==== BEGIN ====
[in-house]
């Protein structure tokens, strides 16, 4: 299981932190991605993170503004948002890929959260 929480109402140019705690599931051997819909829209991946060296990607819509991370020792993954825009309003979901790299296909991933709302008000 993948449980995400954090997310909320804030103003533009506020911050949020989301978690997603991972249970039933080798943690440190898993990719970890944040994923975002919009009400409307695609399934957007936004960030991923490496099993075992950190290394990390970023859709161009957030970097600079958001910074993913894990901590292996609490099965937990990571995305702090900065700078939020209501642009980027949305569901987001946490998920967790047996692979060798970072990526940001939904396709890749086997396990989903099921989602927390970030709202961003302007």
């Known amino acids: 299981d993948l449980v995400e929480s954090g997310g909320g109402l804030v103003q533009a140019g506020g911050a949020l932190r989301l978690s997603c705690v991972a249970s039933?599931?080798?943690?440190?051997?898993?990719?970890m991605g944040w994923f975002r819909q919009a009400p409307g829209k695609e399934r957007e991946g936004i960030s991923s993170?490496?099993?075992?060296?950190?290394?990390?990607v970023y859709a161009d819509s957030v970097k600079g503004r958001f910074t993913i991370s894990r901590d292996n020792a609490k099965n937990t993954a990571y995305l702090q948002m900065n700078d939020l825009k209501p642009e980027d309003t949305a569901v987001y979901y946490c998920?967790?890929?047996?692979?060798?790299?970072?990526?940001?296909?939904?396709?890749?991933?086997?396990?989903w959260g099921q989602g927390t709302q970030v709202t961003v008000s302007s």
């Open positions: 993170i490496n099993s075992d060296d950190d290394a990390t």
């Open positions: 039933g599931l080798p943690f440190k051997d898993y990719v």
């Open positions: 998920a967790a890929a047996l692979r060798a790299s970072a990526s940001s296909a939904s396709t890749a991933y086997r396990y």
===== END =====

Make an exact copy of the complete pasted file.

[in-house]
């Protein structure tokens, strides 16, 4: 299981932190991605993170503004948002890929959260 929480109402140019705690599931051997819909829209991946060296990607819509991370020792993954825009309003979901790299296909991933709302008000 993948449980995400954090997310909320804030103003533009506020911050949020989301978690997603991972249970039933080798943690440190898993990719970890944040994923975002919009009400409307695609399934957007936004960030991923490496099993075992950190290394990390970023859709161009957030970097600079958001910074993913894990901590292996609490099965937990990571995305702090900065700078939020209501642009980027949305569901987001946490998920967790047996692979060798970072990526940001939904396709890749086997396990989903099921989602927390970030709202961003302007």
């Known amino acids: 299981d993948l449980v995400e929480s954090g997310g909320g109402l804030v103003q533009a140019g506020g911050a949020l932190r989301l978690s997603c705690v991972a249970s039933?599931?080798?943690?440190?051997?898993?990719?970890m991605g944040w994923f975002r819909q919009a009400p409307g829209k695609e399934r957007e991946g936004i960030s991923s993170?490496?099993?075992?060296?950190?290394?990390?990607v970023y859709a161009d819509s957030v970097k600079g503004r958001f910074t993913i991370s894990r901590d292996n020792a609490k099965n937990t993954a990571y995305l702090q948002m900065n700078d939020l825009k209501p642009e980027d309003t949305a569901v987001y979901y946490c998920?967790?890929?047996?692979?060798?790299?970072?990526?940001?296909?939904?396709?890749?991933?086997?396990?989903w959260g099921q989602g927390t709302q970030v709202t961003v008000s302007s």
């Open positions: 993170i490496n099993s075992d060296d950190d290394a990390t």
């Open positions: 039933g599931l080798p943690f440190k051997d898993y990719v």
């Open positions: 998920a967790a890929a047996l692979r060798a790299s970072a990526s940001s296909a939904s396709t890749a991933y086997r396990y």